Monday 23 September 2019

Playwright of genius could excavate our soul in all its darkness and made no excuse for it

Playwright Tom Murphy in 2014
Playwright Tom Murphy in 2014
Sean McGinley reading an excerpt from ‘Conversations on a Homecoming’ at the service Photos: Tony Gavin
Jane Brennan, with her sister Catherine Brennan, follows the coffin of her husband Tom Murphy into the Mansion House for his funeral service. Behind her is Tom’s first wife Mary Murphy Photos: Tony Gavin
President Michael D Higgins with his wife Sabina
Darragh Kelly and John Kavanagh
Kate O’Toole
Neil Jordan

Emer O'Kelly

Sitting over a pint in The Flowing Tide pub, Tom Murphy leaned back expansively as he discussed "the dhrink".

He liked, he said, to keep a case of Champagne in the house, because "It's handy if someone drops by on a Sunday". On other occasions, he would refer to himself as being "just a plain boy from Tuam". In other words, Tom Murphy was a divil, and also a highly sophisticated man of the world.

Above all, he was a playwright of genius, an angry observer and analyst of the Irish psyche, and an excavator of the soul who made you understand the depths of the grave in which we bury ourselves, often before our time.

Born in Tuam, Co Galway, the youngest of 10 children, all of whom emigrated save for himself, the shadow of emigration hangs over all his work. His characters are dispossessed, sometimes from the reality of homeland, and always from the peace of a tranquil soul. The result, in most of his work, is a scenario of blood-curdling savagery that never tries to make excuses for itself. Murphy never sentimentally excused the Irish character, or tried to paint it in "justifiable" victimhood.

In The Morning After Optimism, first staged in 1971 at the Abbey, a surreal fairytale of the search for innocence, the central character, a retired pimp, says he believes in ignorance, and it should never be confused with innocence. That's what hypocrites do, he says. And in one searing speech, the author debunks a great deal of Irish writing which so heavily leans towards the identification of the two with each other, just as deprivation is confused with spirituality, that sure-fire essence of fascism everywhere.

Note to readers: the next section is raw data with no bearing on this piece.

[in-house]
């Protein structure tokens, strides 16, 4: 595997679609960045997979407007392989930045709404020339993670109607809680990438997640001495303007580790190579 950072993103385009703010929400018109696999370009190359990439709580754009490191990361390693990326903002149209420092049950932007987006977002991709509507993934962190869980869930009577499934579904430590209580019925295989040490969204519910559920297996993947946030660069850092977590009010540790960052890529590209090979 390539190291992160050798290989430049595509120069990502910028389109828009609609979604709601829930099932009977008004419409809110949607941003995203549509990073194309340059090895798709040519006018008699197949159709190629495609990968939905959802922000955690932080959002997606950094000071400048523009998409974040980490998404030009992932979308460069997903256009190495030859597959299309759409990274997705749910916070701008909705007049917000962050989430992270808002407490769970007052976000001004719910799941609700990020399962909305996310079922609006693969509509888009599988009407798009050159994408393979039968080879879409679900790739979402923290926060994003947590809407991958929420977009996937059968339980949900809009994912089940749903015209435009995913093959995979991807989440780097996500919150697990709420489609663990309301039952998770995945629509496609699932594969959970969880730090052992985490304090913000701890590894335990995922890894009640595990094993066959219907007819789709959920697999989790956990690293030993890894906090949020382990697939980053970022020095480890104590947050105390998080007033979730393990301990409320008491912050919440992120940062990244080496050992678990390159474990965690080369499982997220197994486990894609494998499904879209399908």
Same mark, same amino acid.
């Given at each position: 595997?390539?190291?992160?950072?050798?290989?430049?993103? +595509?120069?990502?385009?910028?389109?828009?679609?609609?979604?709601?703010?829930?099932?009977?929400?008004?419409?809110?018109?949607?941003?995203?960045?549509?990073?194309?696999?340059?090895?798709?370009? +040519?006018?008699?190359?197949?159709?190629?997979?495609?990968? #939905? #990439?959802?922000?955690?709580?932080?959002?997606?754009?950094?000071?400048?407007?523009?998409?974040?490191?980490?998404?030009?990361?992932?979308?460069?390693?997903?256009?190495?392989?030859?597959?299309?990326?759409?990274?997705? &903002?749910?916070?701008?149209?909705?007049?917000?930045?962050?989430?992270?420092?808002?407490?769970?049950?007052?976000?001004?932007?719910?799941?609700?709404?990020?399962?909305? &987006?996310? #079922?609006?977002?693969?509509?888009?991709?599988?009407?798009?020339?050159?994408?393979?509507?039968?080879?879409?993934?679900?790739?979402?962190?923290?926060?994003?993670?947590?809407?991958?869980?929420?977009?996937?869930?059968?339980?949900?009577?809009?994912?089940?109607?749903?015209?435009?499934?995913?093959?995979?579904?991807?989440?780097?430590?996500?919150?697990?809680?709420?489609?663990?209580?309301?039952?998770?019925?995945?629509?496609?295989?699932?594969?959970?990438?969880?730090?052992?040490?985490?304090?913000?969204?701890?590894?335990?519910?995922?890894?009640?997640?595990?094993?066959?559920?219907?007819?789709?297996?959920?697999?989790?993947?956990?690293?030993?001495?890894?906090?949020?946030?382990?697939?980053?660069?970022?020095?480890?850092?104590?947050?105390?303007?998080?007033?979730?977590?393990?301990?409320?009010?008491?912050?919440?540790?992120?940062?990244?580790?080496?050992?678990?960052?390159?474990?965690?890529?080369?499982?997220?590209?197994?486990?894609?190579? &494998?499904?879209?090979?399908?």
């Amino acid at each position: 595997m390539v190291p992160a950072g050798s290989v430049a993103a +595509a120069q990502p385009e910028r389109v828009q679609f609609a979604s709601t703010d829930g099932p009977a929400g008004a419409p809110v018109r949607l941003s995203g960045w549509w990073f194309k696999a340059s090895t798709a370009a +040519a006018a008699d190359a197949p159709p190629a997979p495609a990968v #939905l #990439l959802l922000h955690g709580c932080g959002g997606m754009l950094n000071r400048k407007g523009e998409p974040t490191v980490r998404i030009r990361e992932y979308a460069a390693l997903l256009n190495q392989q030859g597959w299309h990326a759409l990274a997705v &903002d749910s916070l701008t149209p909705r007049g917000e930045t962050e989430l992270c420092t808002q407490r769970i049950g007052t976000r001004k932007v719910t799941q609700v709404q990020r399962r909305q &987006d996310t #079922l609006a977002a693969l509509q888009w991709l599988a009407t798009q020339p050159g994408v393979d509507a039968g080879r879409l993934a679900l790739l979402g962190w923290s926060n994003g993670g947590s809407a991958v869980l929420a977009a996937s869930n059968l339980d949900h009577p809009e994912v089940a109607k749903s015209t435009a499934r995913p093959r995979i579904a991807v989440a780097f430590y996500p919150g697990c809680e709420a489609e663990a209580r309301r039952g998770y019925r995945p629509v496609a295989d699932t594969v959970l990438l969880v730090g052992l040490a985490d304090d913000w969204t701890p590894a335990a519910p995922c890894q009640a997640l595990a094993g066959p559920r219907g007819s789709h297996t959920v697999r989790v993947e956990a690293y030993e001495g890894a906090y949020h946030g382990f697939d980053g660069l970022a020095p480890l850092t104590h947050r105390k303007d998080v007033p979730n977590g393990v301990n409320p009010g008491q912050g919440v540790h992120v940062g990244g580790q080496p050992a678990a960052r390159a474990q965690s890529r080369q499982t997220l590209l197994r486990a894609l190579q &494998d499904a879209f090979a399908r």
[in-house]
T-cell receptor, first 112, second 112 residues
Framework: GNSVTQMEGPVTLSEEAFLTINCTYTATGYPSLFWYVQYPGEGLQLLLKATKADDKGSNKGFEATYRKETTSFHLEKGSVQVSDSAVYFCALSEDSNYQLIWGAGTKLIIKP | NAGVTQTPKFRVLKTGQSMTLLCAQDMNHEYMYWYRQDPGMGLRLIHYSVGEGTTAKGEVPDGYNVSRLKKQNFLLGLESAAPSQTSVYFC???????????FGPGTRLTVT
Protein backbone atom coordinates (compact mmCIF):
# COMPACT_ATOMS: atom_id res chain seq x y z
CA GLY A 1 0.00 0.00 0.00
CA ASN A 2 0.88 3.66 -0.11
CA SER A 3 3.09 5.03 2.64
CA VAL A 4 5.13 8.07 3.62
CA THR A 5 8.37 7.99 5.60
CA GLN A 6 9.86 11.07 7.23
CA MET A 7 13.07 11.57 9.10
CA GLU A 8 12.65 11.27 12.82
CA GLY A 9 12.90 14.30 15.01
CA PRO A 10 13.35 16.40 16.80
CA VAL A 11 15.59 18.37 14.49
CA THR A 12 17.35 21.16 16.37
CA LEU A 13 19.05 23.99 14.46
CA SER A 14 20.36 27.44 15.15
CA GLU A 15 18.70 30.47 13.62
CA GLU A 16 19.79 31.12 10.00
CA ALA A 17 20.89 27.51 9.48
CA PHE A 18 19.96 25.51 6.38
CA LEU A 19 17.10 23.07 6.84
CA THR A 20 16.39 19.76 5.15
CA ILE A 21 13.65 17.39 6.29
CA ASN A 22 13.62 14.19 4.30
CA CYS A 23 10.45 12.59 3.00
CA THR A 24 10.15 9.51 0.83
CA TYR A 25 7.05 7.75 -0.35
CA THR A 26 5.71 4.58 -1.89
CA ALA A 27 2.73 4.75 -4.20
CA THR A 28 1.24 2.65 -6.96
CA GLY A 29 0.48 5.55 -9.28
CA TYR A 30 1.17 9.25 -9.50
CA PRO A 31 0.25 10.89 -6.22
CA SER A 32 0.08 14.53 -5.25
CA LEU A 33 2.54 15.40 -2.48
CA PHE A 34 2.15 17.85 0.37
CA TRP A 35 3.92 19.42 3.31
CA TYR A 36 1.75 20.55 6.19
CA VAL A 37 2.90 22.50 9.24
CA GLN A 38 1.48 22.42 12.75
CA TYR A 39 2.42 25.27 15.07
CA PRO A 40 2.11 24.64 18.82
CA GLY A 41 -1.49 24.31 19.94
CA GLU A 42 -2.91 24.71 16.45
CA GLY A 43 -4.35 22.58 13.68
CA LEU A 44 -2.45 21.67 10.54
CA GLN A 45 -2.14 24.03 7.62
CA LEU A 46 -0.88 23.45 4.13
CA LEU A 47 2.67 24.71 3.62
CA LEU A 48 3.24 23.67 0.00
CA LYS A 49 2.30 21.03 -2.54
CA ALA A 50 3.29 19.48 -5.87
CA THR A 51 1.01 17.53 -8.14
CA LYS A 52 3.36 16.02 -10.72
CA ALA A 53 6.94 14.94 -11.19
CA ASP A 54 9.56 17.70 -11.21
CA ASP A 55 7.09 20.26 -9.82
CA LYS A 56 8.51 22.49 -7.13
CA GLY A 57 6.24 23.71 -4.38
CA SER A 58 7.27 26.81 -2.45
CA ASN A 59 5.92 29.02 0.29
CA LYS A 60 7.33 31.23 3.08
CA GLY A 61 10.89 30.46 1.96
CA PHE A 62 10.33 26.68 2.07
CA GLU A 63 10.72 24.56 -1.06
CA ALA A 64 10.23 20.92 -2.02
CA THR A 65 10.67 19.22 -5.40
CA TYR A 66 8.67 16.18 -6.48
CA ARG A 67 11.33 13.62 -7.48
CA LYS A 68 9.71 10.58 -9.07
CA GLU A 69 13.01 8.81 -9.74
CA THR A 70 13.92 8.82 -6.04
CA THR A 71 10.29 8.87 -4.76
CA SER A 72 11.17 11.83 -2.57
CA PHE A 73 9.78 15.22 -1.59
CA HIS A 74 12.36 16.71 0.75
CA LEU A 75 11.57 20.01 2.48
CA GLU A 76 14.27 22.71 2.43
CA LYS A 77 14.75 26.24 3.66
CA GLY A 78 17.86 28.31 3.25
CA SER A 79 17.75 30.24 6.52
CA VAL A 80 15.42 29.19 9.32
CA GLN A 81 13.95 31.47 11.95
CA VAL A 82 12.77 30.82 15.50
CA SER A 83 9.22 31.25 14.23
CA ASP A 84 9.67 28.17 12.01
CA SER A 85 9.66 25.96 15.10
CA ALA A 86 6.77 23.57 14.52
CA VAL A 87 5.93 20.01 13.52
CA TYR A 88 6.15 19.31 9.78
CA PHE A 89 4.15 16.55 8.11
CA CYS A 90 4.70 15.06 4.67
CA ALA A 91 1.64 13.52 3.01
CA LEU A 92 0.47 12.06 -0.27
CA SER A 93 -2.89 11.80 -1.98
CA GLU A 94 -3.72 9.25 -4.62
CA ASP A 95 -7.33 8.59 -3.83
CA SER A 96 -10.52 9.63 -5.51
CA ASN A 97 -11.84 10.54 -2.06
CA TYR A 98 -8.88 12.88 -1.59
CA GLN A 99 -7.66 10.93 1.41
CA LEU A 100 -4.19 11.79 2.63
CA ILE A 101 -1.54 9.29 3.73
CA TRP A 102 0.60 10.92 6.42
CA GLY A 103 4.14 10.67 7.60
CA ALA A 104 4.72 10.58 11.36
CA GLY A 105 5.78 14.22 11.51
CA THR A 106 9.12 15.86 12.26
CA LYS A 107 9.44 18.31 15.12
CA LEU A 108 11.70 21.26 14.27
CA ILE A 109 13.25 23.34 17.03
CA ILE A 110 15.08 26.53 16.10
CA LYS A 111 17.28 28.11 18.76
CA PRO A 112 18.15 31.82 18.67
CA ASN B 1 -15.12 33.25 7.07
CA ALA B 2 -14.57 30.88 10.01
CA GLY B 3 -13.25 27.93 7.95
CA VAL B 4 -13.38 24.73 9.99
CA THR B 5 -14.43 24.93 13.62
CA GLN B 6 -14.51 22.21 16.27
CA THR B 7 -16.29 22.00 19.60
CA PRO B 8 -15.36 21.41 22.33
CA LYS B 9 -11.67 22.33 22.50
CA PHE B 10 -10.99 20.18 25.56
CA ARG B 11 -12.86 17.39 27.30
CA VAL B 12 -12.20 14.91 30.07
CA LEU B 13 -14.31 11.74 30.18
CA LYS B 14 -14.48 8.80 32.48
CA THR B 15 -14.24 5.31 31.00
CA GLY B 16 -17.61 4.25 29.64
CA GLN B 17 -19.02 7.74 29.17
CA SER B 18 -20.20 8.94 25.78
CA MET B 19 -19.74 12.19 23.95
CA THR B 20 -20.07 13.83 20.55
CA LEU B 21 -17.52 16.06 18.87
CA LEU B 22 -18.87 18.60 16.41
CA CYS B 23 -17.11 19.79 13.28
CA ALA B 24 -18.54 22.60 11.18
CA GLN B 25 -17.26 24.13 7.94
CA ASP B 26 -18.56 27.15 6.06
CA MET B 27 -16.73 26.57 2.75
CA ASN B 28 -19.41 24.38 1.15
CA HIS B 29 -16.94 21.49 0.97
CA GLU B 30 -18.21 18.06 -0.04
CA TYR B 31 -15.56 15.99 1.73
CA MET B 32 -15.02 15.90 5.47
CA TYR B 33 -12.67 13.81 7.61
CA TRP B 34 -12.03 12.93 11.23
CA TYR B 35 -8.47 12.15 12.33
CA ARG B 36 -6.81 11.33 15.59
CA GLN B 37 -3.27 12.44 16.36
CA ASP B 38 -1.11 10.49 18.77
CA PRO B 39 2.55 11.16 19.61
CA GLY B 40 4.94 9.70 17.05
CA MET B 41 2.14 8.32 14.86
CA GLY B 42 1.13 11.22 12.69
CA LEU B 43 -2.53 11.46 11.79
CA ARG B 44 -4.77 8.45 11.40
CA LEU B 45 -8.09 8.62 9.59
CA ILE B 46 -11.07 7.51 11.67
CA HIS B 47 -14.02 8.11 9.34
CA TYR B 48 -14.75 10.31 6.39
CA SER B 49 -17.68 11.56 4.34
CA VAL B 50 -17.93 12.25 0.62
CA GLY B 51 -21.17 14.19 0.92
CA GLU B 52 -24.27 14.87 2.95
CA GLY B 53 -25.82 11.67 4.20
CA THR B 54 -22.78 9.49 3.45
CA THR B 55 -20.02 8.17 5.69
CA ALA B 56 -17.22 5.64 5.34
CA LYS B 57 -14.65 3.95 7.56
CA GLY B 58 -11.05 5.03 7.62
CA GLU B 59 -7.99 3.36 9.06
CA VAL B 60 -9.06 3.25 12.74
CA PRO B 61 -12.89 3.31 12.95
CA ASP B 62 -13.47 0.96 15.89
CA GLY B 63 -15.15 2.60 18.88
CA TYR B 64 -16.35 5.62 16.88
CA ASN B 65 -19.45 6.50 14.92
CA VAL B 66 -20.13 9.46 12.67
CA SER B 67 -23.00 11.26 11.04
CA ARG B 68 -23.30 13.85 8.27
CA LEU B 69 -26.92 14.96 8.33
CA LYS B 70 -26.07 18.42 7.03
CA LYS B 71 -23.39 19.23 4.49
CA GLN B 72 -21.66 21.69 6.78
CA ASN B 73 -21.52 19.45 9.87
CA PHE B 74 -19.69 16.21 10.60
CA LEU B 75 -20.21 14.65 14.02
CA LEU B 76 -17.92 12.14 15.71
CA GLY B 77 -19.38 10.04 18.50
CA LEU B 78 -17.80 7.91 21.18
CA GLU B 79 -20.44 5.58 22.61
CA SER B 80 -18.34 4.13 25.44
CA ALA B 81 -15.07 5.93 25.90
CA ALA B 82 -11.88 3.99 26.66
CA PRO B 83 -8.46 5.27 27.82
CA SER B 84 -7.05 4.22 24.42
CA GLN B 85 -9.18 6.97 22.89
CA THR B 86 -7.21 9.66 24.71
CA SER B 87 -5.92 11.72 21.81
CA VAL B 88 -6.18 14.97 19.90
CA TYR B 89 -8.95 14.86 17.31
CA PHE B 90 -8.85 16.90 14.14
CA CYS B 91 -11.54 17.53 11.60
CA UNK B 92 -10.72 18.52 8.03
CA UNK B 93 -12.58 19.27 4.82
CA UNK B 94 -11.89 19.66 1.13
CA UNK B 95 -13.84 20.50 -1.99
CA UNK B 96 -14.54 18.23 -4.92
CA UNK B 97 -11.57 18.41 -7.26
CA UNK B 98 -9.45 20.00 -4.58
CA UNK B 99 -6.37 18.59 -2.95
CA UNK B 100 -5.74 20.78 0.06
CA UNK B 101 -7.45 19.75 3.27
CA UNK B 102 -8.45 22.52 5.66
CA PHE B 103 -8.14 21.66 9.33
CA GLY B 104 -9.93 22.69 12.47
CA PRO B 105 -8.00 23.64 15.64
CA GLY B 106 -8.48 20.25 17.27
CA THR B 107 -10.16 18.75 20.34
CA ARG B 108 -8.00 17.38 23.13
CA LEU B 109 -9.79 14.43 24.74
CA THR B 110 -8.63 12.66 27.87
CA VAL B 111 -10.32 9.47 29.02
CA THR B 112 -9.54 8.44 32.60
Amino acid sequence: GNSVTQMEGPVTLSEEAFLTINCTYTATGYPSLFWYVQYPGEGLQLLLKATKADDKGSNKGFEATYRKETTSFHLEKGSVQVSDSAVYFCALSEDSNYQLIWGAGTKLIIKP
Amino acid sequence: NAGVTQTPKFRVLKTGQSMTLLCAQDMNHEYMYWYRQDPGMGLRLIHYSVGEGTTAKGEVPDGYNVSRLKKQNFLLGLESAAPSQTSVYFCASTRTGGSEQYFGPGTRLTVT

Tom Murphy's first play was On the Outside - a prophetic title: he remained an outsider who did not identify with the Irish self-identification with innate nobility of soul. He saw our violent ugliness and made no excuses for it.

It is much quoted that the Abbey turned down his first major play - A Whistle in the Dark - in 1961. It depicted an Irish emigrant family in Coventry, where with the arrival of the paterfamilias from the homeland, the vicious hatreds and predatory greed simmering below the surface break out and end in tragedy. The play is unrelentingly cruel and hate-filled. It was certainly not part of the pattern of Irish writing which presented the uneducated Irish abroad as put-upon and discriminated against merely for their race. In the context of policy at the time, where the national theatre was seen as the cultural arm of the civil service, charged with presenting a desirable image of our character and society, humbly content to be free, unworldly and deeply spiritual, A Whistle was heresy.

It electrified London when staged by Joan Littlewood at Stratford East, and the heretic was on his way.

Seven years later, he took on the great tragedy which sears our national consciousness to this day. Murphy was now an internationally acclaimed playwright, his work the subject of academic criticism as well as popular interrogation.

Were it not for his unyielding integrity, one might have said that Famine was written almost impishly. It ran against the semi-official Irish narrative of deliberate starvation of a captive people by a brutish imperial power.

The play denies none of the historical facts as it gives us a single family at the centre of the horror. But they are at the centre of a vortex of bureaucratic incompetence rather than an attempt at near-genocide. And (the heretic again) equally complicit and possibly more blameworthy are the snivelling Irish of the gombeen class, exploiting their fellow countrymen to line their own pockets.

Conversations on a Homecoming - arguably Murphy's most popular play, with its theme of blighted hopes in an encroaching darkness of the soul - originally had a companion piece: the overall title was The White House, again staged at the Abbey, with the second piece portraying the disillusioned characters when they were still full of exuberant joy, encouraged by the local publican who bore a passing resemblance to John F Kennedy, and in whom the young people saw an obvious heroic leader. But leaders are fallible, as Murphy devastatingly showed.

Tom Murphy had many successes, some of them more muted than others as he continued his surgeon's work on the Irish psyche. But it was to his roots that he returned for his final play. Brigit, a commission for Druid with whom he had a long and fruitful association, is a prequel to Bailegangaire, and its central character mirrored the experience endured by Murphy's own father: denied work in a sanctimonious community due to his anti-clericalism, he finds his own salvation in the pride of craft: the carving of a statue of St Brigid, only to have it destroyed verbally by the callousness of the local nuns.

We could not wish Tom Murphy back: he had been ill for several years, looked after devotedly by his wife Jane Brennan.

With her own soaring acting talent, theirs was a match made in theatrical heaven, and the world to which Tom gave so much enrichment joins her in mourning the loss of a colossus.

Sunday Independent

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